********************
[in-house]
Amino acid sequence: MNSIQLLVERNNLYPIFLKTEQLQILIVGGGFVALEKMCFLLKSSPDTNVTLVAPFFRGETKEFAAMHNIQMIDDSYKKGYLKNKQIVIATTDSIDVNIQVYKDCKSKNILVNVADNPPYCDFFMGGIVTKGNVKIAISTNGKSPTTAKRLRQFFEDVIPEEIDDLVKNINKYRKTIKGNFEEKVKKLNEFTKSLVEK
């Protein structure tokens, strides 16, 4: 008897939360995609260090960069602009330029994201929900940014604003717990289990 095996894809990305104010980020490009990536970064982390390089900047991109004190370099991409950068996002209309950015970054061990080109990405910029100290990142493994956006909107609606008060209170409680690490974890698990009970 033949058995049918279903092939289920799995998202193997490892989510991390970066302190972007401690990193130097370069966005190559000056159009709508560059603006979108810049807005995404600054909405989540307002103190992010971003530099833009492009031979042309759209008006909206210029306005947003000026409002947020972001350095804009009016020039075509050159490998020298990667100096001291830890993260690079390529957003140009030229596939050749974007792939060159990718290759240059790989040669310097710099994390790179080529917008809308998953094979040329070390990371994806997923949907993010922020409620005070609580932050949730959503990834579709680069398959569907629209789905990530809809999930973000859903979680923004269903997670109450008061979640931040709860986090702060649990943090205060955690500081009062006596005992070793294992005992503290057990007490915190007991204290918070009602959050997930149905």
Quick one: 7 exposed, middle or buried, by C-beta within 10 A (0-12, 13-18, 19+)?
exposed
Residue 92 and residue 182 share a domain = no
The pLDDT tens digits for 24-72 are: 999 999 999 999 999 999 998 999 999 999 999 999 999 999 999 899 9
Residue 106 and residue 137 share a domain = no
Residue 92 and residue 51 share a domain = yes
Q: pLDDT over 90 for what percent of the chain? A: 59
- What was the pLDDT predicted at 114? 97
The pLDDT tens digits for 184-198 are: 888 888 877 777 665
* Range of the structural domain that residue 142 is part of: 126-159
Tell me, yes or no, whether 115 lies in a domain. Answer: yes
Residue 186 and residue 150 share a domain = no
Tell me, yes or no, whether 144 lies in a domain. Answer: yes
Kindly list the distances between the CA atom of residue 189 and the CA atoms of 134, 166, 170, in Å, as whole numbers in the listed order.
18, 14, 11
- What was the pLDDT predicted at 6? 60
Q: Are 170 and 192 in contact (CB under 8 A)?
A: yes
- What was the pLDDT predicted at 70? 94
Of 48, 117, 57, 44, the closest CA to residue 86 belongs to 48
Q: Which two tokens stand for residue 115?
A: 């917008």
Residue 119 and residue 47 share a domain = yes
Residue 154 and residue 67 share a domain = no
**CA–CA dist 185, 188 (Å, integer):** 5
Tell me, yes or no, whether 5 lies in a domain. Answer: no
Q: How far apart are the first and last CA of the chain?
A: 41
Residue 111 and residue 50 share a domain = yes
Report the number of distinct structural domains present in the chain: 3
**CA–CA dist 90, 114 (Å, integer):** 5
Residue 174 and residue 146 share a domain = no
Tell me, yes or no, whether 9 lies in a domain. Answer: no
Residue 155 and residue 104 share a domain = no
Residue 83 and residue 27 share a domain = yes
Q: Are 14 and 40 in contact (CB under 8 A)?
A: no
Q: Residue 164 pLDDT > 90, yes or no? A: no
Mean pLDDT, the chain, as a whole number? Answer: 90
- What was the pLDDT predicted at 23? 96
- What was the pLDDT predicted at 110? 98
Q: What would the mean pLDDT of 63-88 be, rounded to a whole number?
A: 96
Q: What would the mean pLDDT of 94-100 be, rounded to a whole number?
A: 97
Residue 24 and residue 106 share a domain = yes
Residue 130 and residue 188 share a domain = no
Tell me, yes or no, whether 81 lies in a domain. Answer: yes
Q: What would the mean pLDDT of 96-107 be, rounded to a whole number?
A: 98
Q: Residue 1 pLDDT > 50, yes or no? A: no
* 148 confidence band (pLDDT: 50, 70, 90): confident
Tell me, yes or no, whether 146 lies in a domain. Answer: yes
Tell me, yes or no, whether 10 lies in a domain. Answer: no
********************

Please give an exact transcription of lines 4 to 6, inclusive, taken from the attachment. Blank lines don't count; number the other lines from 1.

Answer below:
Quick one: 7 exposed, middle or buried, by C-beta within 10 A (0-12, 13-18, 19+)?
exposed
Residue 92 and residue 182 share a domain = no